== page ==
Have you ever been in love with one of your best friends? People say, “friendship is a good place to start” but I’ve found the opposite to be true. I met Mr. X thorough mutual friends and was instantly was attracted to him. I kept my crush secret from everyone in the friend circle because I wanted to get to know him better; to see if this was someone I’d actually want to date. Something between us clicked and before you knew it, we ditched everyone else in the group and mostly hung out one on one.
While I didn’t out right express my feelings toward him, I certainly showed it through my actions. I invited him to a concert, I was paying and rented a car to get us to New Jersey. We sat very close, legs touching, paying more attention to each other than the concert; apologies Jennifer Lopez. I was in heaven, until he made a sexual comment about another guy he found attractive. My body language changed and I pulled away. I was deeply disappointed but didn’t say anything until he brought it up on the car ride home. He said, “I love spending time with you, but something is missing on a romantic level.” My heart sank to the floor; all I wanted to do was go home and cry. I told him “the friendship was important to me and I didn’t want to lose him.” Mr. X agreed; we were going to keep it platonic but from that point on our relationship only grew more complex.
We started playing the part of a happy couple; people would often ask if we were together. We didn’t bother to correct anyone and let people assume we were. We would text each other as soon as we woke up in the morning and all throughout the day. Often meeting up after work and even spent weekends taking road trips. He worked near my apartment in Brooklyn but lived outside the city, so he started to sleep over. We would cook or go out to dinner, watch TV and pretty much alienated ourselves from all other friends. He even said, “I could see things changing between us.” I thought things were progressing but we stayed in this state of limbo for months. I liked the companionship, so I tolerated the dysfunction. I grew deeper in love with him and kept my feelings to myself but eventually confessed. He didn’t respond too well, he was angry and felt I was being nice to him because I had an agenda. Which was true, my agenda was to take our exclusive “friends relationship” to the next level!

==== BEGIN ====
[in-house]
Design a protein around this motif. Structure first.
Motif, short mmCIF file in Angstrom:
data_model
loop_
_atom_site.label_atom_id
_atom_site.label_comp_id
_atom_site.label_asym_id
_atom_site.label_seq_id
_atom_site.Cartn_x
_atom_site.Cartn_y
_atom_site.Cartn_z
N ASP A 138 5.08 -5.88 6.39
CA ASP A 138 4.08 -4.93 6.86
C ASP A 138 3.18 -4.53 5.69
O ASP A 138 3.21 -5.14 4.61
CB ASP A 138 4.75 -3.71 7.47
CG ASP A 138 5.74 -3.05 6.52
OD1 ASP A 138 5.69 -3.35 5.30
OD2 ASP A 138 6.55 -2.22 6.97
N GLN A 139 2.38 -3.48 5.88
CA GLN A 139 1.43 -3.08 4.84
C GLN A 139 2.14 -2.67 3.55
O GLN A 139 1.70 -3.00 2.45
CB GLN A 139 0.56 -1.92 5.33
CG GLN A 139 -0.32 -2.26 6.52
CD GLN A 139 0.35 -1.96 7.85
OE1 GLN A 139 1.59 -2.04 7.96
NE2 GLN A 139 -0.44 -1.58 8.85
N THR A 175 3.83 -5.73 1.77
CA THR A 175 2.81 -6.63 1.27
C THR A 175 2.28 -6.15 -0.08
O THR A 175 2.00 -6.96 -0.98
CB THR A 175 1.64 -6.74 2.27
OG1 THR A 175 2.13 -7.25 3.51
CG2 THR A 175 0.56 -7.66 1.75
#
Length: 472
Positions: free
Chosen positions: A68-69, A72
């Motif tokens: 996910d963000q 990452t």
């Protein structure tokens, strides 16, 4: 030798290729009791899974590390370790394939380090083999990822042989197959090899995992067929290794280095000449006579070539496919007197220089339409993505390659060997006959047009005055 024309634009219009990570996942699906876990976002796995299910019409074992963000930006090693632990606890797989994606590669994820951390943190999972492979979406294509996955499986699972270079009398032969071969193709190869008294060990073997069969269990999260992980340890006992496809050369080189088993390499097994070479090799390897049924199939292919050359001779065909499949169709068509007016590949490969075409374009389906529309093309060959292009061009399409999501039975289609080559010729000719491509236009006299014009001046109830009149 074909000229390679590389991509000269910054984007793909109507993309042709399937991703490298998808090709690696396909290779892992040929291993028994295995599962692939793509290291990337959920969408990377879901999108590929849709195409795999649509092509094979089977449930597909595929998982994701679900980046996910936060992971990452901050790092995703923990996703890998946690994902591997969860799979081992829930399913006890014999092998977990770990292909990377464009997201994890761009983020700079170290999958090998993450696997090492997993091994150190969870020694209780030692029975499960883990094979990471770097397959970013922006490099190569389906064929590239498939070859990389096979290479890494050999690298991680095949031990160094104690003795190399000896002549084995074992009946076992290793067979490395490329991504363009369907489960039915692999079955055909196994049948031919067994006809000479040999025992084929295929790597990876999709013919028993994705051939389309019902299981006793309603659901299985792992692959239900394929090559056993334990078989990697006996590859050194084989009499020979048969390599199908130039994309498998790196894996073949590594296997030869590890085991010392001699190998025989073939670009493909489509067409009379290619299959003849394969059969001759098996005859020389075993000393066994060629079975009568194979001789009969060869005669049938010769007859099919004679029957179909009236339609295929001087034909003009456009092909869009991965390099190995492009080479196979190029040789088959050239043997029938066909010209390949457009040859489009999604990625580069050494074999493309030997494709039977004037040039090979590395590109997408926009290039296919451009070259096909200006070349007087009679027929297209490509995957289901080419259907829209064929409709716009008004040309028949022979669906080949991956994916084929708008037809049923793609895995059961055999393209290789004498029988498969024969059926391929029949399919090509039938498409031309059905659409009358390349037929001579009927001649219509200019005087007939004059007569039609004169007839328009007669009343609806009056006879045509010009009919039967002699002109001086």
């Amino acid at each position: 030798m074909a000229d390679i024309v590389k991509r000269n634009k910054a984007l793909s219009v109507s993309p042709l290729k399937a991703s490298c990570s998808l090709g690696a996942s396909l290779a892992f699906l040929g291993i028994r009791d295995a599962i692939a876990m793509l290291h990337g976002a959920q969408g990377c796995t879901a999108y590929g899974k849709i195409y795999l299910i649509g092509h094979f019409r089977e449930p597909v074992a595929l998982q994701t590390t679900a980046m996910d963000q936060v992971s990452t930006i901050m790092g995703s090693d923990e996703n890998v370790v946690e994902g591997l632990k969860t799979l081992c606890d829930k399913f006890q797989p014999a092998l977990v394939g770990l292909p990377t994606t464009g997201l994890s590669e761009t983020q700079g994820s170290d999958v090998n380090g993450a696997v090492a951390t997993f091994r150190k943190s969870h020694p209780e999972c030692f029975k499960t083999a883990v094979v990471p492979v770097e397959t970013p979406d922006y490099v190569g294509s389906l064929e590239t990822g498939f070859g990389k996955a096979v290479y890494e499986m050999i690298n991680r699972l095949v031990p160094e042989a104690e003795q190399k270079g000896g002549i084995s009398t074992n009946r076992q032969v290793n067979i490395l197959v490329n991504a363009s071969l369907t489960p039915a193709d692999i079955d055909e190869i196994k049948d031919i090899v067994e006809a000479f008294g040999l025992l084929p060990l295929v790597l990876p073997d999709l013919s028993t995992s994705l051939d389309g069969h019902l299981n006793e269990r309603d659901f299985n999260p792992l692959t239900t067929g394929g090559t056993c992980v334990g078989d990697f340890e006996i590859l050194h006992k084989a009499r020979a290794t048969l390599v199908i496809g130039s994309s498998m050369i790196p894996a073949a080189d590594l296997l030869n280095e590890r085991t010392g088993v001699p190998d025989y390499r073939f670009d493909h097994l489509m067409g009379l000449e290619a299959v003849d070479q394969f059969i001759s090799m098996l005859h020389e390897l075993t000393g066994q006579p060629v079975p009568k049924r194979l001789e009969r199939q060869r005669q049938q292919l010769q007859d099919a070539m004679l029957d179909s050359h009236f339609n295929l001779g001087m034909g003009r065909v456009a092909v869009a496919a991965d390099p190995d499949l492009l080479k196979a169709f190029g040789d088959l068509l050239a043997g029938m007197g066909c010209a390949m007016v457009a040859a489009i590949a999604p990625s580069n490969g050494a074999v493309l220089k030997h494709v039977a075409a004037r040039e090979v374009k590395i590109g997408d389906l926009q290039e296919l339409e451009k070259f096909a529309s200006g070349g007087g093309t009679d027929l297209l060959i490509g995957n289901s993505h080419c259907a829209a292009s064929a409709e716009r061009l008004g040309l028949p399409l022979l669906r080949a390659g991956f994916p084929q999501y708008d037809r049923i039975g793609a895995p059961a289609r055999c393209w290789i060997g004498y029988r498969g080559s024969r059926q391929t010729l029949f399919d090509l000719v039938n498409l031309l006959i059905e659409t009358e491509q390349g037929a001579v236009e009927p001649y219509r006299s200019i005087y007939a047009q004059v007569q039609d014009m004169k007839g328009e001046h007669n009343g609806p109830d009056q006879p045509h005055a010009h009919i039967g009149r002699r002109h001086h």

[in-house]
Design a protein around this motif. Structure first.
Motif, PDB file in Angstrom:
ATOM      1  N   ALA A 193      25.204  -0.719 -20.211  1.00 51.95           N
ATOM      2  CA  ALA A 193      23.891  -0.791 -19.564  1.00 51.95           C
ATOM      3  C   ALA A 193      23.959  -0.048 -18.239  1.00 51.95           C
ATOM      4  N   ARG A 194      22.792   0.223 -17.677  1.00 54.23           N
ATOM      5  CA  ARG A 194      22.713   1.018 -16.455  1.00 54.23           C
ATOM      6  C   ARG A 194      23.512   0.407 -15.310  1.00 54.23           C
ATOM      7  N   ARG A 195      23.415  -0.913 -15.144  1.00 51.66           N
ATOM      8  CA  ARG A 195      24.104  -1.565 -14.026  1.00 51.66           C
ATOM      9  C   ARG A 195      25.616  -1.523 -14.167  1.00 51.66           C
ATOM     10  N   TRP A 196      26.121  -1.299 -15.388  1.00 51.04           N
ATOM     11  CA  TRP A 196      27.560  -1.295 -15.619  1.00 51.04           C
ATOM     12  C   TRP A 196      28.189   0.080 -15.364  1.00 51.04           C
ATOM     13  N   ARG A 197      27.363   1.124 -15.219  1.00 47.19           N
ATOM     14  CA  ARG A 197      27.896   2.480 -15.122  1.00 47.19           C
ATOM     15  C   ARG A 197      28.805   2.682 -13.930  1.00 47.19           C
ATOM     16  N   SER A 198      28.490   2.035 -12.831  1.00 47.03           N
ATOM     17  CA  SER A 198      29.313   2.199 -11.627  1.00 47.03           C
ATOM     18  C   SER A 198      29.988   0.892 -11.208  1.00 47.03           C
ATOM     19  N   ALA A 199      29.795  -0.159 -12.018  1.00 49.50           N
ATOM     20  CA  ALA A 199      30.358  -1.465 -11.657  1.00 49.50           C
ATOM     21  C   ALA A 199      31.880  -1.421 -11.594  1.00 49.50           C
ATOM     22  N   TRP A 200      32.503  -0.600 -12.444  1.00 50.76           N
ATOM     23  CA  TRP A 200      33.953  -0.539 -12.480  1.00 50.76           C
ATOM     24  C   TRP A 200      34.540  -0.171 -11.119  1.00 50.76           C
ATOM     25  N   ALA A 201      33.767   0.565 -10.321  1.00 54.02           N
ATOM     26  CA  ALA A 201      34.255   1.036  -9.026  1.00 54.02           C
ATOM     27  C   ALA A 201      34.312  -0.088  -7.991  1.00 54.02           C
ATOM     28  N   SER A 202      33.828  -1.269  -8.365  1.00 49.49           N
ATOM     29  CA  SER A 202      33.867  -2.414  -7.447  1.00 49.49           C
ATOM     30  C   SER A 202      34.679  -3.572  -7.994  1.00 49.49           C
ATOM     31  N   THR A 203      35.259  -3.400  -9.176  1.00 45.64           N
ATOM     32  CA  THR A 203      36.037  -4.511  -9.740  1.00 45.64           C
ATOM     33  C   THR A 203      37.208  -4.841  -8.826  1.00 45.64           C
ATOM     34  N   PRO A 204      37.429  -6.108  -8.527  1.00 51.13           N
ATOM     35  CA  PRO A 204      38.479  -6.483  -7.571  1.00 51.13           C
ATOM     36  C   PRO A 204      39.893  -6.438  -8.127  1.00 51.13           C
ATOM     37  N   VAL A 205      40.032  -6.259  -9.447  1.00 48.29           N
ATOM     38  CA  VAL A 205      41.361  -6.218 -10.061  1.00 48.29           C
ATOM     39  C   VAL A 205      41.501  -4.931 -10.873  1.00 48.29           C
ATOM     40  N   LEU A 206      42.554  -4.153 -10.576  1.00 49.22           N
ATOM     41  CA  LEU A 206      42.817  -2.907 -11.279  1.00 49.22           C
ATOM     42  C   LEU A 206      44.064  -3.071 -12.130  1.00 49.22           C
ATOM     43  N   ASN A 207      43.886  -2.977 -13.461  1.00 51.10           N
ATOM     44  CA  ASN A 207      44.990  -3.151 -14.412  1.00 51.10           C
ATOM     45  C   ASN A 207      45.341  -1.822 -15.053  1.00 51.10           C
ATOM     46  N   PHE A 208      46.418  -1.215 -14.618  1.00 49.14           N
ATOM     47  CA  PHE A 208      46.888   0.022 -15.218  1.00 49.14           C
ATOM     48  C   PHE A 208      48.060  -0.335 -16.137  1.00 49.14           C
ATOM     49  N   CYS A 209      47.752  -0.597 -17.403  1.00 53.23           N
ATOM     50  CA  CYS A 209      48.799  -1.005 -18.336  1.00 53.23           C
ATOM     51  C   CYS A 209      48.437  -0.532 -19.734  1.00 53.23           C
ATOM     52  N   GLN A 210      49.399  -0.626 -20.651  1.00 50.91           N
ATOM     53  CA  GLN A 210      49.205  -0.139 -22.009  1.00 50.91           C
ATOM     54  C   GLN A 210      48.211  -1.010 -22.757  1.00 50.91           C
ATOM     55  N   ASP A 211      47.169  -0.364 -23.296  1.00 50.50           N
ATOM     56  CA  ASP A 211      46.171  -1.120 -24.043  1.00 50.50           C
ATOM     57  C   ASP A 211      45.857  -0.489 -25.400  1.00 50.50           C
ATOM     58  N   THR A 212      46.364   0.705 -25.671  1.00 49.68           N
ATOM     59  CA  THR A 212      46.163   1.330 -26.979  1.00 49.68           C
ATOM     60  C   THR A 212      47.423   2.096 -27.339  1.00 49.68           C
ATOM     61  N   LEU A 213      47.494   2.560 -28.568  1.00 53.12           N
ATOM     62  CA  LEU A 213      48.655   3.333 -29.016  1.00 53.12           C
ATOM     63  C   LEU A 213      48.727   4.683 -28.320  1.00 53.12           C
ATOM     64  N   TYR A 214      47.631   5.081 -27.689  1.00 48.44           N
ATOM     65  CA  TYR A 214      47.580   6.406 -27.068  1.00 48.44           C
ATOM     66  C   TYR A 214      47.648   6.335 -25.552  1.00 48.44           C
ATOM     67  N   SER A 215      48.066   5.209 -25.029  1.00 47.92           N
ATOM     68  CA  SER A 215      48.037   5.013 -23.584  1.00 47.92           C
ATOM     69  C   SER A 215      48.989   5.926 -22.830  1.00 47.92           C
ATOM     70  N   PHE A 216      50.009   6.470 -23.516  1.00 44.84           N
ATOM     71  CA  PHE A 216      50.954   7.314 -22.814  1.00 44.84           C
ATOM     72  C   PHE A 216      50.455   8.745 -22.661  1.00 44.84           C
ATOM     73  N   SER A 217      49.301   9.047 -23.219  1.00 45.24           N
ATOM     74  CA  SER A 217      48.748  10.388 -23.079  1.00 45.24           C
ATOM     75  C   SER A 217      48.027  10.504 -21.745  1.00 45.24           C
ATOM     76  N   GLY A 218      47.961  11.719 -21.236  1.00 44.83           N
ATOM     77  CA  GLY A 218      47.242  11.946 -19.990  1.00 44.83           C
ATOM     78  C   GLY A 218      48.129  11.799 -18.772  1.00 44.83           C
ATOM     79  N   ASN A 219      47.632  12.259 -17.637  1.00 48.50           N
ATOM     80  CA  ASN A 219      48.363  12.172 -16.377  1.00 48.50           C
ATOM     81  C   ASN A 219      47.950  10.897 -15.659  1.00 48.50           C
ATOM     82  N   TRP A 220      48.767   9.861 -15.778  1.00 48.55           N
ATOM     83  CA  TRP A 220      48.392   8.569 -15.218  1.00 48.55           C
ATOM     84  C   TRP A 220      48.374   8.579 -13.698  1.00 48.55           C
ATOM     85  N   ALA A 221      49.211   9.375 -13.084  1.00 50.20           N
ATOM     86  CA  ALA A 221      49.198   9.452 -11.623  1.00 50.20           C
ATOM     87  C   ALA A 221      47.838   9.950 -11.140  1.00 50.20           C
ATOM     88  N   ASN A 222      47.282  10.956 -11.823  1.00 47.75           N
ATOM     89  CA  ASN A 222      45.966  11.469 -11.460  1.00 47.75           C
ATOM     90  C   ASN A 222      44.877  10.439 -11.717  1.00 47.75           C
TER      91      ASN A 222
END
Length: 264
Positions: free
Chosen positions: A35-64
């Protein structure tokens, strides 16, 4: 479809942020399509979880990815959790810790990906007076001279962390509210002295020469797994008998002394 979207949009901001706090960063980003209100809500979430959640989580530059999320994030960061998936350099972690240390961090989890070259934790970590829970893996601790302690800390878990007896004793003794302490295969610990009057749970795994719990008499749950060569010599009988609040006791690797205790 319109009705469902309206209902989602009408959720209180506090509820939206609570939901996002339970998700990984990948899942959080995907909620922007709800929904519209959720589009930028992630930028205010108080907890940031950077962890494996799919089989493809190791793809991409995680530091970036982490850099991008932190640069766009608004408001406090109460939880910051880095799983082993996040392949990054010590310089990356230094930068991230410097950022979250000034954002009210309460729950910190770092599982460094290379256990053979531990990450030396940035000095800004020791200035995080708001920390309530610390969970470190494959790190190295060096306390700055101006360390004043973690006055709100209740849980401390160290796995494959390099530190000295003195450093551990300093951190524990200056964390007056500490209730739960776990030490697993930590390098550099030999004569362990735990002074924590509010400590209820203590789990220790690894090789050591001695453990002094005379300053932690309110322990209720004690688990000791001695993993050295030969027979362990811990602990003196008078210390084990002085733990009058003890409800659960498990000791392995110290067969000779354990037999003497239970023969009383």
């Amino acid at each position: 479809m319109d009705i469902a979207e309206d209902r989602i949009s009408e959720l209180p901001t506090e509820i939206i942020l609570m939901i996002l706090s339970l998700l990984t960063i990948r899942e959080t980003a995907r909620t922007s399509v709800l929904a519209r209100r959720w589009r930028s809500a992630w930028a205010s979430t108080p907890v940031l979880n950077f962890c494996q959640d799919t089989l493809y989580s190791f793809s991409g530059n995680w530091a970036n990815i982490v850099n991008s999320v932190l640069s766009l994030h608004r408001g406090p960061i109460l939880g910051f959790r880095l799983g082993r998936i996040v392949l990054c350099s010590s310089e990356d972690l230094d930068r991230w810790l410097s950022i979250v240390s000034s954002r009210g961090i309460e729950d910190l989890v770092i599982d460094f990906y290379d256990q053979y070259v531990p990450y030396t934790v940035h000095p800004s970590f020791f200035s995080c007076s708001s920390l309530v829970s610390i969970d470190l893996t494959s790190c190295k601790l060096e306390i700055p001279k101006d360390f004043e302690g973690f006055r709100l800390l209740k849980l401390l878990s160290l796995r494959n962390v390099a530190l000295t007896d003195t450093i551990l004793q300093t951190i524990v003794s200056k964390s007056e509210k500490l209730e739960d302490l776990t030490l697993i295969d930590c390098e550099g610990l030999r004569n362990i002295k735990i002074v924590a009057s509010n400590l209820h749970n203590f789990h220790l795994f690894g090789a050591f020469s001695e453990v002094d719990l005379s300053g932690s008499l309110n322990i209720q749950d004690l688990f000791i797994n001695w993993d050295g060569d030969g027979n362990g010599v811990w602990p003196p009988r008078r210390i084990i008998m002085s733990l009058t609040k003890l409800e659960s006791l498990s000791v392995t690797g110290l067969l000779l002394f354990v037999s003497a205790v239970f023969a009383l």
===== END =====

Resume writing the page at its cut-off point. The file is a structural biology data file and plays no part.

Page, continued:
One day, I was in the kitchen washing dishes. Mr. X was sitting behind me, my back was turned to him. He made a snide remark which clearly was designed to hurt my feelings. It was in this space and time, where I had an Ah hah moment!! I said, to myself, “you don’t need this!” If I was going to devote so much of my time to someone, it better be with a guy who was on the same page. I loved him and it killed me to let him go but I knew it was what I needed to do. I felt used and vowed never to repeat this behavior again.
Sometimes, we compromise ourselves against better our judgment to feel loved. I diminished myself from what I truly wanted from a partner because I didn’t want to fail. I’ve seen many of my friends do this as well – stay with people who they know deep down are not good for them. This is not love and love should never feel that way. I can see that now in retrospect. I’ve learned a lot from this experience, if I were ever to find myself developing feelings for a friend, I would be honest from the get go. If the person does not feel the same, then I’d choose to step away and not torture myself with unrequired love. Everyone’s experience is different, perhaps you are reading this and are married to someone who started off as a friend? That is great, kudos to you! My message here is not to dissuade people from dating their friends but to encourage others not to remain in stagnant relationships not beneficial to their greater good. We should always value ourselves and realize we are worth someone’s whole heart.
After our “friendship” break-up, Mr. X tried contacted me several times trough social media; by liking photos and leaving comments. I saw this as yet another sign he was not ready to give me what I wanted. If he really wanted to make things work between us on any level, he would have picked up the phone and made a real effort. Although our friendship was dysfunctional, I value the time spent and lessons learned. I’ll always have a place him my heart for him but understand we cannot be together which is OK! Life goes on, as does my quest for true love. #NeverGiveUp
Photo via toovia.com